What to do after college…

How to Navigate “The Real World”

If you had anywhere close to the experience I did growing up, you’ve probably heard phrases like:

“College is the most important time of your young adult life,” 

“this time matters the most for your career,” 

“make sure you know what you’re doing before settling on a major.”

While there’s some truth to each of those phrases, I’ve found, over time, that treating those phrases as an end-all-be-all to how I planned out my future was not conducive to my personal career goals.

There are plenty of resources out there that offer great options for specific jobs and careers you can explore after college or post-studies, but I want to provide a perspective that can help you navigate those times of feeling lost or confused. Specifically, I want to address the worries about where your life is going after spending years “doing what you were supposed to do” and now not being too sure about what comes next.

I do not have it all together right now, but in my conversations with many others who have gone through this “period of the unknown,” I have found that we’ve all been a bit lost at some point. Your journey through this time might not look the same, but I’ve compiled some approaches that I, as well as a few others, have found to be helpful.

  • Don’t be afraid to take a break. Reconnect with yourself and rediscover what’s important in your life. Enjoy this time of self-reflection. Take some intentional time away from formal education, job searching, and active career development to reset and discover yourself. This doesn’t mean that you can’t learn or grow during this time. It just might mean that you take the pressure of career success away (for a little while) and focus on what you want and need in this new phase of life. This time looks different for every person, so consider how you would best enjoy time to yourself and your hobbies/interests and rest in that for a bit.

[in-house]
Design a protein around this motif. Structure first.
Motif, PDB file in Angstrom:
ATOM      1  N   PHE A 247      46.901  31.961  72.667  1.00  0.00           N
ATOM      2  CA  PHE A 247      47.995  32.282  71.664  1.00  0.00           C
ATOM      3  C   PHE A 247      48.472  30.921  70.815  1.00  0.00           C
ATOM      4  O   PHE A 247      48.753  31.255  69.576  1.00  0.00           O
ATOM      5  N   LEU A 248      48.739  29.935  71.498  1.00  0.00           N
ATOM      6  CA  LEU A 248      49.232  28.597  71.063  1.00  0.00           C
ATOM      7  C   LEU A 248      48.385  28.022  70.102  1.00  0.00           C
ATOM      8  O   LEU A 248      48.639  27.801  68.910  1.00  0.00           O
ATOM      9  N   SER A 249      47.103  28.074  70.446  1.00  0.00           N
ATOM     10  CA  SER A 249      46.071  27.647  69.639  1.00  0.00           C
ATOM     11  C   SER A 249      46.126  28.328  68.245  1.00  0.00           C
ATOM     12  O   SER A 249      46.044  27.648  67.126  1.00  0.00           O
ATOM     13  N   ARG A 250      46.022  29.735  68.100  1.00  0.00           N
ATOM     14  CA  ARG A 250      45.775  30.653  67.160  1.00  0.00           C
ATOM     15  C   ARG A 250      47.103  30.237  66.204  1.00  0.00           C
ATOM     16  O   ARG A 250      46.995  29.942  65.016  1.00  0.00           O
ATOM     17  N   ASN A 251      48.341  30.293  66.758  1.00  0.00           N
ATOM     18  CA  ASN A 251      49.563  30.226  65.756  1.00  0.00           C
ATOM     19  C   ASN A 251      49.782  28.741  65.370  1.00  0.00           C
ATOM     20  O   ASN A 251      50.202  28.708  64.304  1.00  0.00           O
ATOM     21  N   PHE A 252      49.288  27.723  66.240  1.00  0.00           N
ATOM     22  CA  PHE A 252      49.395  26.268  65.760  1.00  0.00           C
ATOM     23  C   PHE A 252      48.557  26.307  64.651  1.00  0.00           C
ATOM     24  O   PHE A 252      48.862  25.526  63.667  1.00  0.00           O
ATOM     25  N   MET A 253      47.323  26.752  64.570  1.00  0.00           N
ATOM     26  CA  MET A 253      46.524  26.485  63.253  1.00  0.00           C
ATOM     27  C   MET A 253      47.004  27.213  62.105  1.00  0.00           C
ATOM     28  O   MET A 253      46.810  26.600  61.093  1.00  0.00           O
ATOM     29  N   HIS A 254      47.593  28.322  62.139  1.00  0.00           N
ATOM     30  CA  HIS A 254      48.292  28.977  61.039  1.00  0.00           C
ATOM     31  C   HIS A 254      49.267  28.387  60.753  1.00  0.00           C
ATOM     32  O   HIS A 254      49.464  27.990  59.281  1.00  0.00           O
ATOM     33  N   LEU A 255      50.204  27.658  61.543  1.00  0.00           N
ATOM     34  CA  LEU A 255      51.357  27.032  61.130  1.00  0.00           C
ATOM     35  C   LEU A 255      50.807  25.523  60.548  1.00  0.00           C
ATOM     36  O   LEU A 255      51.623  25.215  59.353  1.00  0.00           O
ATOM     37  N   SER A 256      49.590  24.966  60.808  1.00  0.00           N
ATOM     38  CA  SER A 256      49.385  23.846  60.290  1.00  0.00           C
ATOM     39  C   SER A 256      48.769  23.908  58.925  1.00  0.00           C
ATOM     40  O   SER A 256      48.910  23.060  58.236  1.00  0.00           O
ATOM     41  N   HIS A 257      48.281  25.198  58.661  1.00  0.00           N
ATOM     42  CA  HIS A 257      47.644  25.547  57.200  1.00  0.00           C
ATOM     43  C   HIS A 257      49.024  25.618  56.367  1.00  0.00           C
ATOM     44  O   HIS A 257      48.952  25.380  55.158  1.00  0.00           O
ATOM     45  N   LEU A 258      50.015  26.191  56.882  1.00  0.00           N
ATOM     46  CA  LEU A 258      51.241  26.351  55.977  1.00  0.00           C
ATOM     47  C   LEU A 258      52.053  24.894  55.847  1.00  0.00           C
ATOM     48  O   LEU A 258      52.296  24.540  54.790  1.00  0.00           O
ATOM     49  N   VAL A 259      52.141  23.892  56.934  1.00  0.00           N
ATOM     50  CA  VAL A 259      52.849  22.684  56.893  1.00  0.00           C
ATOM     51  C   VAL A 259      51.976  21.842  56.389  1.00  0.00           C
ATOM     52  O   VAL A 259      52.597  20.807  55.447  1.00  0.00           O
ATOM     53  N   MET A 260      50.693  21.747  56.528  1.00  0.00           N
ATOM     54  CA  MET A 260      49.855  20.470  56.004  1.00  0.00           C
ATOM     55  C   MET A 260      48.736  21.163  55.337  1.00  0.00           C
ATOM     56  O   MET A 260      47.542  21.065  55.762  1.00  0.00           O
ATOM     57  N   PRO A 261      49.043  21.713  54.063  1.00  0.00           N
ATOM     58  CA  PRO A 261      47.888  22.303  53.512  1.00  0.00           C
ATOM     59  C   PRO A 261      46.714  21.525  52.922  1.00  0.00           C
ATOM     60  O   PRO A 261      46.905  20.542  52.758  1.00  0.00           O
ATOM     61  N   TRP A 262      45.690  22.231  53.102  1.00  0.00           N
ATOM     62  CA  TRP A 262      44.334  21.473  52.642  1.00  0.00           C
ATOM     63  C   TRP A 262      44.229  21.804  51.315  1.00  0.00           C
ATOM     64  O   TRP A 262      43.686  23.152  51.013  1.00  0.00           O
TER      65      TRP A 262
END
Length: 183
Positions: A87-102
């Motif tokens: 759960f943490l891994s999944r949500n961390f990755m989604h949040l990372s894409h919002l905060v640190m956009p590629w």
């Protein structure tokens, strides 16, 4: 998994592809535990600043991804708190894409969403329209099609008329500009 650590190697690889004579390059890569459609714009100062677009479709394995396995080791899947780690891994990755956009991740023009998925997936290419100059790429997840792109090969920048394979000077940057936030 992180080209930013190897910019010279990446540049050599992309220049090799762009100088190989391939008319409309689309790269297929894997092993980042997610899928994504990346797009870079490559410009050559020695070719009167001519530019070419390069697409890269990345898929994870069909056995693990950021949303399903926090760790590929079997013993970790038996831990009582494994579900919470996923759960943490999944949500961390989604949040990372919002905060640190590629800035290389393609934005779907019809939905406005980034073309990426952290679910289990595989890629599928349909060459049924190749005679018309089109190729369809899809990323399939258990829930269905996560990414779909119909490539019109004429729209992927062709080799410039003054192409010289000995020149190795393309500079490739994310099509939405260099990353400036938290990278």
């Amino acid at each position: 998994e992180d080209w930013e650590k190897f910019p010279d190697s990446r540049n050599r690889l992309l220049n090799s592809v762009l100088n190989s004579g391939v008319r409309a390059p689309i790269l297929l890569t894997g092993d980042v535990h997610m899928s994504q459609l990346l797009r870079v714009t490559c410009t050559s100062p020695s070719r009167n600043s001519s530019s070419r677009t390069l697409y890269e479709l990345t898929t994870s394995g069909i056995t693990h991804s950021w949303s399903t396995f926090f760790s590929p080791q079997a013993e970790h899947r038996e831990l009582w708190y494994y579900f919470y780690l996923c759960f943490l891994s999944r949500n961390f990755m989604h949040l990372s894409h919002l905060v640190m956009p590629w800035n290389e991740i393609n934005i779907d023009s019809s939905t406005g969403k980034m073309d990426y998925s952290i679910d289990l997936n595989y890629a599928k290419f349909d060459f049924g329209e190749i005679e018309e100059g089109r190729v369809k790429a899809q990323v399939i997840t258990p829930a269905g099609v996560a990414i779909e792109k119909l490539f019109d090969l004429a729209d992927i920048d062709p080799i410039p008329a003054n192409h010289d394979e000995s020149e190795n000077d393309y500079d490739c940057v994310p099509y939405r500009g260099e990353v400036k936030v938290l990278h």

• Don’t fall into “analysis paralysis”. Sometimes, what makes the most sense is to choose a path and then pivot as necessary. Our inability to immediately find our direction or goal can dissuade us from making any decision at all. Pick something that you feel like you might enjoy, and then go from there. Even if you end up not enjoying it, discovering what you don’t like can help you narrow down what you do.
  • The “filler job” is not permanent. Find something to pay the bills while you figure it out and network. My point here isn’t too different from the previous one, but I encourage you to look past the fear of being stuck to see the potential in pursuing a path. The fear of being stuck in a job you don’t enjoy can be worrisome, but always remember that you can choose to move on or make more out of your time networking or exploring other fields in the meantime.
  • Don’t give up and be persistent. Maybe you know what you want to do, but every door seems to close in your face. Opportunities appear sparse and you’re starting to lose hope that anyone wants to hire you. First and foremost, have confidence that if you have a dream, you will achieve it. One thing to keep in mind, though, is that maybe the path to get there might not be a simple jump from Point A to Point E. Maybe you’ll have to consider moving from Point A to Points B, C, and D before finally making it to your final goal. Sometimes, it’s a matter of getting your foot in the door within that field that can help you gain more experience to work your way up. There’s absolutely no shame in starting from the ground up. We look at the influences around us and may not see the struggle they endured to get where they are today. We only see their success. It’s okay to start “smaller” than you expected. It’s often these experiences that teach us the necessary skills to succeed at the top.

Being unconventional is not being unsuccessful. Some of us dive straight into graduate school. Some of us explore various trades. Others take up random jobs to make ends meet, consider volunteer opportunities or just take some time for themselves. 

Regardless of the choices you make or how clear the path ahead of you may or may not look, there can be beauty in feeling a little lost. Not everyone has a clear shot or picture of their dream job, and that’s okay. Making the most of the current moment is still building up experience, and it can open up doors that you may not have otherwise considered walking through. It may not look ideal or how your friends and family progressed in their careers, but it doesn’t mean you can’t explore it and become successful through it. 

Success and progress come in many different forms, and no two stories look identical. Create your story with the tools at your disposal, and let your path lead you where you need to go.

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